• Multitasking - in a fast-paced healthcare environment, unit secretaries often handle more than one task at one time, such as answering telephones, checking patients in, and processing insurance information

Unit Secretary Education and Training

Those seeking to become a unit secretary do not typically need more than a high school diploma or GED. Training in specific electronic health records management software, medical billing software, and other relevant programs is often done on the job. Aspiring unit secretaries could obtain a two-year degree in medical office administration, but this is not required. A degree could, however, be required for advancement in this field.

Unit Secretary Salary and Outlook

As reported by the Bureau of Labor Statistics (BLS), unit secretaries earn a median annual salary of about $34,600. Those in the 10th percentile make just over $24,000 per year, while top earners realize a median annual wage of $50,000. Those working in general and surgical hospitals and outpatient care centers tend to make the highest annual wages in the profession. By state, unit secretaries in the District of Columbia (about $46,000), Massachusetts ($43,000), and Connecticut (just over $42,500) earn the highest mean salaries in the U.S. Employment for all medical secretaries is expected to increase 22 percent through 2026, the BLS states. This rate is much faster compared to the average for other occupations. An expected increase in the need for medical services and a growing aging population are the main factors behind this projected employment growth rate.

Helpful Resources

If it sounds like working as a unit secretary is for you and you want to learn more, explore the resources provided below:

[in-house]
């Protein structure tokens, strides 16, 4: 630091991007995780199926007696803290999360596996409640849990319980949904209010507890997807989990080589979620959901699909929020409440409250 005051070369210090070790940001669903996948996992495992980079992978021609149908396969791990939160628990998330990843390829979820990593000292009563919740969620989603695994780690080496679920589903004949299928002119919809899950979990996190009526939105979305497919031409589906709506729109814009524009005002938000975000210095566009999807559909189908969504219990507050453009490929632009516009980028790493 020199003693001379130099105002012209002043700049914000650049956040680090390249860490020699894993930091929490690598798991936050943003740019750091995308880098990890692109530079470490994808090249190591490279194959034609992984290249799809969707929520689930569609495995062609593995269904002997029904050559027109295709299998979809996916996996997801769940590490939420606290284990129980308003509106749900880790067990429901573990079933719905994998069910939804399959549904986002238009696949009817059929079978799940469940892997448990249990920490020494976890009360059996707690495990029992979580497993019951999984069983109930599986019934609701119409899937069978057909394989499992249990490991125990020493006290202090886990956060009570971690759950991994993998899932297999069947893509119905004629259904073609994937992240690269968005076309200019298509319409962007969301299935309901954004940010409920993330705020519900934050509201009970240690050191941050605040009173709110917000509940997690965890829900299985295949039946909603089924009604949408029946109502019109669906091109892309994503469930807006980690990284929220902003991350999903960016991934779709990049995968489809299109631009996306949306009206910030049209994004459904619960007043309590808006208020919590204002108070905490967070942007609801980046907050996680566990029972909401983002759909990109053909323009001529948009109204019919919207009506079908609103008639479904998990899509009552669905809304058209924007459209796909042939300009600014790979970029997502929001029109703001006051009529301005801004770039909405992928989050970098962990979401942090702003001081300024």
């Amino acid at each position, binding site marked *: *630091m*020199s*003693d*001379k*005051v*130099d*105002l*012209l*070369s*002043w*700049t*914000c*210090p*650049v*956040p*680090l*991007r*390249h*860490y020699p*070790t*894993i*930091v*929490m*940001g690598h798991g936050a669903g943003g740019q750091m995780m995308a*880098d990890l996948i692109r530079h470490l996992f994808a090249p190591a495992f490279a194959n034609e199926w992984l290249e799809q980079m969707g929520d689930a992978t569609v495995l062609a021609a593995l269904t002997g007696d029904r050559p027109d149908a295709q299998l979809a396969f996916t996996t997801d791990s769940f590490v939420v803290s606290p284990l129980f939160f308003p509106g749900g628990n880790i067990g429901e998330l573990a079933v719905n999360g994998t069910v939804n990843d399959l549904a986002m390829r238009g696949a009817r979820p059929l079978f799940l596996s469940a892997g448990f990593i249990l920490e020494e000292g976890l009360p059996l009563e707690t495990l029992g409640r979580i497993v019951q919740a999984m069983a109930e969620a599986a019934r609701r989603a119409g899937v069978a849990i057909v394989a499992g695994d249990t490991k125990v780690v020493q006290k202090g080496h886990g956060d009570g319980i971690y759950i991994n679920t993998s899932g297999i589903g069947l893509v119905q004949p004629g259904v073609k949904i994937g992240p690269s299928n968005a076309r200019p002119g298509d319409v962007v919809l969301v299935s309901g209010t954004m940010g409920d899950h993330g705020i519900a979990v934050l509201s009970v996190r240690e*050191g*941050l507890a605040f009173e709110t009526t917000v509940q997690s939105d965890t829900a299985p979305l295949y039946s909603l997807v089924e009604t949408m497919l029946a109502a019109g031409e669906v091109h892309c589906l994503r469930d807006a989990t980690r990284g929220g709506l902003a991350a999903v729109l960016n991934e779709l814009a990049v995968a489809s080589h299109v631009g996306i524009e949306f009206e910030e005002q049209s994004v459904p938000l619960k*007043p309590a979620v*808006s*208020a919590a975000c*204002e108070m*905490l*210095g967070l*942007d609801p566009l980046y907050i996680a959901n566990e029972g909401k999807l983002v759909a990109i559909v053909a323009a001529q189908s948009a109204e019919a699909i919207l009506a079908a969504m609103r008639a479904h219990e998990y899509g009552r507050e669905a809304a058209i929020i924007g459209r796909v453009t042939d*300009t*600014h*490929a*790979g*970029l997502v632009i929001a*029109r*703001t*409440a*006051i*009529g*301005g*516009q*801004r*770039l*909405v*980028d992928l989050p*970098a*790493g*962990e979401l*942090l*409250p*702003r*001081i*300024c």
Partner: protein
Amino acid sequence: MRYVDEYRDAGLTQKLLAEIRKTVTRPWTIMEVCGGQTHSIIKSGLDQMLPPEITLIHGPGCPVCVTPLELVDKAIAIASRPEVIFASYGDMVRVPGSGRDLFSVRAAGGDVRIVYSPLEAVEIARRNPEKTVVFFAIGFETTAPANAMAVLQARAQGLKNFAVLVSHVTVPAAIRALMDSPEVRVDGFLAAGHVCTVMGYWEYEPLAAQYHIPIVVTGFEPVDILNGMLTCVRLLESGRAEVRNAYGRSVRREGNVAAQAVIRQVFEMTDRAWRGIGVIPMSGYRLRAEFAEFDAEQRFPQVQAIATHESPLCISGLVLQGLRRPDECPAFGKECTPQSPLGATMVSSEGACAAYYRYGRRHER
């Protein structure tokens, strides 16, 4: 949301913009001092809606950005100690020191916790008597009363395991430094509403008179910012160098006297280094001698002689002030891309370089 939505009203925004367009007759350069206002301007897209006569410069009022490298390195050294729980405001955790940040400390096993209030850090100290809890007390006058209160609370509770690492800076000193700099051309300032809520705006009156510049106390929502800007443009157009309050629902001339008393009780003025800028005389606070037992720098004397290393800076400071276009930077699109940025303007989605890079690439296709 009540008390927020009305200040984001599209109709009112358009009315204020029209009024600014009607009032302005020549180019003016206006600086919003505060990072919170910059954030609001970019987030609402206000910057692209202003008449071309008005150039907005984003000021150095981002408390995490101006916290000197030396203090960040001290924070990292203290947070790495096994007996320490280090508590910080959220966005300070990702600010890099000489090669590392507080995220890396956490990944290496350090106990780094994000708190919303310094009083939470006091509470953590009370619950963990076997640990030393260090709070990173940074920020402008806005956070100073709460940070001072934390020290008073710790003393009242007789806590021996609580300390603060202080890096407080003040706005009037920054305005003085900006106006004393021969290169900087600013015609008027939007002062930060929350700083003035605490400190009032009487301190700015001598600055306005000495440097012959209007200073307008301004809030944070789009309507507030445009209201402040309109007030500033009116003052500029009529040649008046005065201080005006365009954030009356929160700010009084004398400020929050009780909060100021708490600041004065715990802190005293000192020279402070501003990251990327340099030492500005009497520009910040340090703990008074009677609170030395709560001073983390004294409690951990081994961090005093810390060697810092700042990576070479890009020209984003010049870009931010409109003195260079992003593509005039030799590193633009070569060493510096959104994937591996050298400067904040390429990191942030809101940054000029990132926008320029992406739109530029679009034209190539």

National Association of Health Unit Coordinators - educational opportunities, professional development, networking, certification - these are the main benefits offered to unit secretaries who join NAHUC, which was established in 1982 but has roots as far back as the 1960s

Being a Health Unit Coordinator - from diagnostic order information to medical laws, this comprehensive book explores everything a unit secretary needs to know to succeed in this occupation

The Association of Medical Secretaries, Practice Managers, Administrators and Receptionists - take online courses and network with fellow unit secretaries, medical secretaries, and other professionals when you become a member of AMSPAR

"Medical Secretary: Is It Right for Me?" - this short video reviews actions to take and questions you should ask yourself before pursuing a career as a medical or unit secretary

Steps to Becoming a Medical Secretary: A Step-by-Step Guide to Working in a Hospital - an experienced

medical secretary takes you through what it takes to work as a medical or unit secretary on both a personal and professional level, offering tips and secrets to help you succeed in this field

The Essential Medical Secretary: Foundations for Good Practice - this book, approved by AMSPAR, covers everything a unit secretary needs to know about medical records, ethics, drugs, and so much more